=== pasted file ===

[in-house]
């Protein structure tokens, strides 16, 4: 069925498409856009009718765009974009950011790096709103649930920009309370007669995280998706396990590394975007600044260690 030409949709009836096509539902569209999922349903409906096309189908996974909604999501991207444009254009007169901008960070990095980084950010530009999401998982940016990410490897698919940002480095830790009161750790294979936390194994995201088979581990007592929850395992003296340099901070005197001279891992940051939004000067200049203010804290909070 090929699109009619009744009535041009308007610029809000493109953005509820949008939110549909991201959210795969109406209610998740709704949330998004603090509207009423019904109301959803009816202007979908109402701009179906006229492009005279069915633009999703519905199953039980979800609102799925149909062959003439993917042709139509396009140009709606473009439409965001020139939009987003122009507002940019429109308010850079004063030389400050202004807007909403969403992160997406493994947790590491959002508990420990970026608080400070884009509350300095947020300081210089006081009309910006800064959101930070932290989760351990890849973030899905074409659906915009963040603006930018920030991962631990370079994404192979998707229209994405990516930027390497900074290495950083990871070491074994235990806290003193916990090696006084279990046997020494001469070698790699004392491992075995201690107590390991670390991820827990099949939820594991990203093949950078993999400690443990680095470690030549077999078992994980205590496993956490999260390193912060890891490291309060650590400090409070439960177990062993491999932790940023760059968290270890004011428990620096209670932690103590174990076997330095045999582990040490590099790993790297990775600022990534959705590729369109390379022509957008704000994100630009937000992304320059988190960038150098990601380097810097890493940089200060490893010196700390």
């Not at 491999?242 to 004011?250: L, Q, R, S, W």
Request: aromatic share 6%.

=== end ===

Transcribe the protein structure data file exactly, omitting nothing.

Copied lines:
[in-house]
């Protein structure tokens, strides 16, 4: 069925498409856009009718765009974009950011790096709103649930920009309370007669995280998706396990590394975007600044260690 030409949709009836096509539902569209999922349903409906096309189908996974909604999501991207444009254009007169901008960070990095980084950010530009999401998982940016990410490897698919940002480095830790009161750790294979936390194994995201088979581990007592929850395992003296340099901070005197001279891992940051939004000067200049203010804290909070 090929699109009619009744009535041009308007610029809000493109953005509820949008939110549909991201959210795969109406209610998740709704949330998004603090509207009423019904109301959803009816202007979908109402701009179906006229492009005279069915633009999703519905199953039980979800609102799925149909062959003439993917042709139509396009140009709606473009439409965001020139939009987003122009507002940019429109308010850079004063030389400050202004807007909403969403992160997406493994947790590491959002508990420990970026608080400070884009509350300095947020300081210089006081009309910006800064959101930070932290989760351990890849973030899905074409659906915009963040603006930018920030991962631990370079994404192979998707229209994405990516930027390497900074290495950083990871070491074994235990806290003193916990090696006084279990046997020494001469070698790699004392491992075995201690107590390991670390991820827990099949939820594991990203093949950078993999400690443990680095470690030549077999078992994980205590496993956490999260390193912060890891490291309060650590400090409070439960177990062993491999932790940023760059968290270890004011428990620096209670932690103590174990076997330095045999582990040490590099790993790297990775600022990534959705590729369109390379022509957008704000994100630009937000992304320059988190960038150098990601380097810097890493940089200060490893010196700390």
């Not at 491999?242 to 004011?250: L, Q, R, S, W």
Request: aromatic share 6%.